33 Reproductive effects of solvents in several human studies exposure related to reduced fertility spontaneous abortions birth defects low birth weight in some studies exposure related also to menstrual disorders and change in hormone levels pregnancy-induced hypertension neurobehavioral performance reduced semen quality childhood cancer

34 Maternal exposure to solvents in some occupations and spontaneous abortion

35 Cumulative percentage of pregnancies by maternal exposure to solvents (Sallmén et al 1995)

36 Industries and individual solvents related to reduced fertility or adverse pregnancy outcome Dry cleaning: tetrachloroethylene Semiconductor industry: ethylene glycol ethers Shoe and leather industry: aliphatic hydrocarbons, toluene, hexane Laboratory work: toluene, xylene, chloroform

37 Ethylene glycol ethers used in paints, dyes, lacquers, waxes etc. Methoxyethanol embryotoxic and teratogenic in mice and rats teratogenic effects seen at doses that do not cause overt maternal toxicity Ethoxyethanol induced skeletal defects in rats, multiple defects in rabbits (inhalation exposure) in rats, impaired performance in behavioral tests

38 Spontaneous abortion, fertility and maternal exposure to mixtures containing ethylene glycol ethers in semiconductor industry (Correa et al. 1996, Chen et al 2002) OutcomeExposureRR/FR95% CI Spontaneous abortion: low – 1.7 Correa et almedium – 2.6 high – 5.6 Time-to-pregnancy: Correa et almedium – 1.1 high – 1.1 Chen et alExposed – 0.94

39 Conclusions: Effects of solvent exposure on the reproductive health of women High exposure to solvents increases the risk of spontaneous abortion and decreases fertility The findings on birth defects less conclusive, but suggesting adverse effects Particular solvents associated with adverse effects: ethylene glycol ethers, tetrachloroethylene, toluene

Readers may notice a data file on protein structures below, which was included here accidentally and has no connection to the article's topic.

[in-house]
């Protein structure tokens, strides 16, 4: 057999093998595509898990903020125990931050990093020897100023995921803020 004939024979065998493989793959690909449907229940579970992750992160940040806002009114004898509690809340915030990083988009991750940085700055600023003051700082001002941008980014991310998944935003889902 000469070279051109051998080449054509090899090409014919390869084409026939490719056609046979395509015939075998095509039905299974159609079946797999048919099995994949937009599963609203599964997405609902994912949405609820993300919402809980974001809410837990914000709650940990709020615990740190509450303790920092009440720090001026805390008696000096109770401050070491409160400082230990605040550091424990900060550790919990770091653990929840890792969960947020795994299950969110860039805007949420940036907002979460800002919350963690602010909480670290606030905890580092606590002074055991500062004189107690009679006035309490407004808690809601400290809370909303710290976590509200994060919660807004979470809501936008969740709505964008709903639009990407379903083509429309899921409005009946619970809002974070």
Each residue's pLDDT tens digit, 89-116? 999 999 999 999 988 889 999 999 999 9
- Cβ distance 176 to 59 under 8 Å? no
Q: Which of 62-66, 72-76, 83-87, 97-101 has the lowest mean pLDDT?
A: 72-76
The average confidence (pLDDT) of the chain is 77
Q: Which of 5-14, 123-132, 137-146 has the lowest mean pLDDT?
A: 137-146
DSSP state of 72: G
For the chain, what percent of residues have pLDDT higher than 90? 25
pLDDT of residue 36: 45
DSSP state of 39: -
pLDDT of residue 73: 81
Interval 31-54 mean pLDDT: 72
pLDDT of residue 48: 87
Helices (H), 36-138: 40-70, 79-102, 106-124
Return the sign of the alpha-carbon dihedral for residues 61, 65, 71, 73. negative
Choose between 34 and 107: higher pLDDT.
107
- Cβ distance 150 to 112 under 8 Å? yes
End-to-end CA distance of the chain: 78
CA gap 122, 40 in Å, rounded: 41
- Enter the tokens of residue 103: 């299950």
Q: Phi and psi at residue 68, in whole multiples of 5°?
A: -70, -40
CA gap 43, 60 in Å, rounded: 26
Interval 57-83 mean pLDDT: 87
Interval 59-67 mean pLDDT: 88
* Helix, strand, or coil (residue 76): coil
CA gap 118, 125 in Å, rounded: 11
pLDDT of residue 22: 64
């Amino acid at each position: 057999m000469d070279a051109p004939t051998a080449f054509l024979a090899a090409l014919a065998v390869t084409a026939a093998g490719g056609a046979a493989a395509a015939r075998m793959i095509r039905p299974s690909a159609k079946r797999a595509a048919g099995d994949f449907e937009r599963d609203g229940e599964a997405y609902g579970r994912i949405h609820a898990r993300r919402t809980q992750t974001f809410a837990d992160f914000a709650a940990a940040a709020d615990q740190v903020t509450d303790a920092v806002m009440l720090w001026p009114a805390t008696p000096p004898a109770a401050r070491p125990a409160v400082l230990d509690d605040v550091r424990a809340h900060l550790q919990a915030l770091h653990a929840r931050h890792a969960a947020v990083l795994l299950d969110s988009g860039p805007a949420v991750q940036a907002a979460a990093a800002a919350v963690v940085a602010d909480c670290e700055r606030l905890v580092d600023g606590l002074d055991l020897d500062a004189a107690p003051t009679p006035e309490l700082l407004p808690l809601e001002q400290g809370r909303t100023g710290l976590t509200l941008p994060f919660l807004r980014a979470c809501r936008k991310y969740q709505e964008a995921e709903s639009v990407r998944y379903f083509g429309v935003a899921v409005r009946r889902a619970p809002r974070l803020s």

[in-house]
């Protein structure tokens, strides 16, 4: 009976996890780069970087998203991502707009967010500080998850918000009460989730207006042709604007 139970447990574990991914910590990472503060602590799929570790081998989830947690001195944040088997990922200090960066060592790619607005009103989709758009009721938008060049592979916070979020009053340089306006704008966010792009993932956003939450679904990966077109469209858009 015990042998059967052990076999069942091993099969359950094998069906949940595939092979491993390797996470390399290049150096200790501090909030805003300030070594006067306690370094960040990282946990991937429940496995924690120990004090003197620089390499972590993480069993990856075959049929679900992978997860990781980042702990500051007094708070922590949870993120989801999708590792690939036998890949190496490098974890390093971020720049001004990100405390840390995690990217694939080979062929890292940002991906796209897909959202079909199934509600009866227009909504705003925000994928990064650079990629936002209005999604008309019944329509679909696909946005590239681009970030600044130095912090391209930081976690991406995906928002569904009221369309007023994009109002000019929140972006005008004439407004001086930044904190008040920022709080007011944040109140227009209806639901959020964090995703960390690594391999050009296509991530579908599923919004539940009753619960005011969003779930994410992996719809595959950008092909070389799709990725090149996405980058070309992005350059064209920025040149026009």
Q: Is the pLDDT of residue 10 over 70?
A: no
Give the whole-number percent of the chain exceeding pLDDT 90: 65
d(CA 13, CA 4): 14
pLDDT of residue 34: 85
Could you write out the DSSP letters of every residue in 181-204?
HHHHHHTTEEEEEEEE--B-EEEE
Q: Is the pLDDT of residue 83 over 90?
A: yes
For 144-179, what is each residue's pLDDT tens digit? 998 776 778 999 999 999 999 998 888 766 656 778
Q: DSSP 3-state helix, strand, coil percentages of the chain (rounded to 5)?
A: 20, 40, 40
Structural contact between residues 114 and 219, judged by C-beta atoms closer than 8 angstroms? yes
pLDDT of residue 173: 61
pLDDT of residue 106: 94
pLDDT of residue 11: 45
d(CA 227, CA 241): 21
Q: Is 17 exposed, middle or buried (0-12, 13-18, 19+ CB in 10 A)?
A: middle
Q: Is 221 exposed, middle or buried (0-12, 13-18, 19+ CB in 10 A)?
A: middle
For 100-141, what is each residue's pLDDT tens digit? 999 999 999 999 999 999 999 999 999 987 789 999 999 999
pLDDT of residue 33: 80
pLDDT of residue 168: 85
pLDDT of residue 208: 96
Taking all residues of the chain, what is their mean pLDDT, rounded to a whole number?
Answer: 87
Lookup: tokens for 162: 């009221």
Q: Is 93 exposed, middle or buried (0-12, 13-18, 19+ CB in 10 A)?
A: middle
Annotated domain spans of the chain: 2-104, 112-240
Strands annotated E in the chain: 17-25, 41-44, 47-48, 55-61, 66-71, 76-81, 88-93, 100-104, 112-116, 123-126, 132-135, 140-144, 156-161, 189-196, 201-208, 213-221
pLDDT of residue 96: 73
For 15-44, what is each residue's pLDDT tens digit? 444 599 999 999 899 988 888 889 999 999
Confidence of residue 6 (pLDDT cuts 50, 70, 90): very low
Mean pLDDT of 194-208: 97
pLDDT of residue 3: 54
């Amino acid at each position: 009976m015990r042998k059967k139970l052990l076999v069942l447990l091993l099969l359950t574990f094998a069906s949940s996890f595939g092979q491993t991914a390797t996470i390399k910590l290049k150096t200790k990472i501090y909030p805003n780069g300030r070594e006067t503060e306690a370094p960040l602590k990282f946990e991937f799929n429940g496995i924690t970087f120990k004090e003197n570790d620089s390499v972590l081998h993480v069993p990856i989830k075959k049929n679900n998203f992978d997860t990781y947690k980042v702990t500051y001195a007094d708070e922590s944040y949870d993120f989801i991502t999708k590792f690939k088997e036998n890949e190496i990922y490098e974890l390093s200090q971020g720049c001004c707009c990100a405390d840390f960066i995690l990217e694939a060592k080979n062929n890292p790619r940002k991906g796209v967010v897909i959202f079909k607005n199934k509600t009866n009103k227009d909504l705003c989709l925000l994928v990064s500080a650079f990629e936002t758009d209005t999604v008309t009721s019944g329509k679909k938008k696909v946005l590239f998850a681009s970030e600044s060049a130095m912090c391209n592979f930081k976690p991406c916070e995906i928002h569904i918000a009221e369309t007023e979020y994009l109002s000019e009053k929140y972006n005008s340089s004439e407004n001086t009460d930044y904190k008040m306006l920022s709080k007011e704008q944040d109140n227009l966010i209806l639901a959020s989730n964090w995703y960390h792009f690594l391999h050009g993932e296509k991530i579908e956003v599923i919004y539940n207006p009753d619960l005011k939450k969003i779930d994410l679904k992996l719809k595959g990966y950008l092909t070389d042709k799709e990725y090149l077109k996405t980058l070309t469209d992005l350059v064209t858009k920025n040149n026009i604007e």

40 Exposure assessment and recommendation Assessment of solvent exposure with industrial hygienic measurements or biological monitoring In some countries the guidelines recommend that solvent exposure should not exceed 10% of the threshold limit value during pregnancy Reproductive effects have been used as the basis for some TLVs

41 Exposure to solvents and semen quality or hormone levels Solvents: reduced sperm quality and decreased implantation rate Ethylene glycol ethers and 2-bromopropane: reduced sperm count Styrene and acetone: sperm anomalies Toluene and solvents in general: decrease of hormone levels

42 Solvent exposure and seminal characteristics in 225 men who had their first infertility consultation (Oliva et al 2001) Seminal charateristicOR95% CI Seminal volume >3.8 ml – 7.6 Sperm concentration <1x10 6 /ml – 8.3 Sperm output <3x – 7.9 Sperm motility <50%3.11 – 9.5 Sperm morphology <30% – 9.0

43 Cumulative percentage of pregnancies by paternal exposure to solvents (Sallmén et al. 1998)

44 Ethylene glycol ethers and male fertility

45 Paternal exposure to solvents and spontaneous abortion

46 Paternal solvent exposure and pregnancy outcome Inconsistent findings on the effects of exposure on low birth weight An excess of birth defects in the children of male painters, but not in the children of other exposed workers Some evidence for childhood leukemia or nervous system cancers, and paternal exposure to solvents Evidence inconclusive, although suggestive associations noted

47 Conclusions: Effects of solvent exposure on the reproductive health of men Solvent exposure related to reduced sperm quality Ethylene glycol ethers harmful for male reproductive system Carbon disulfide related to decreased libido and potency in men No clear association between solvent exposure and decreased fertility

48 Male pesticide exposure and spontaneous abortion Study Association (OR) Arbuckle et al 1999, Ontario Farm Family Study, phenoxy herbicides <20 weeks of gestation <12 weeks of gestation husband not using protective equipment Petrelli et al Crisostomo et al Salazar-Garcia et al 2004 (DDT)

49 Male/female pesticide exposure and spontaneous abortion Arbuckle et al 2001 Ontario farm population Timing of exposure / affected gender: preconceptionalearly (<12 weeks) abortions (male exposure?) postconceptionallate (12-19 weeks) abortions (female exposure?)

50 Male pesticide exposure and spontaneous abortion Pesticide applicators in the Red River Valley of Minnesota (Garry et al, 2002) Fungicides: fold increase in risk for miscarriage/fetal loss Herbicides: increased risk in first-trimester miscarriage The overall toxicity data suggest a male- mediated event Also, women engaged in pesticide application were at risk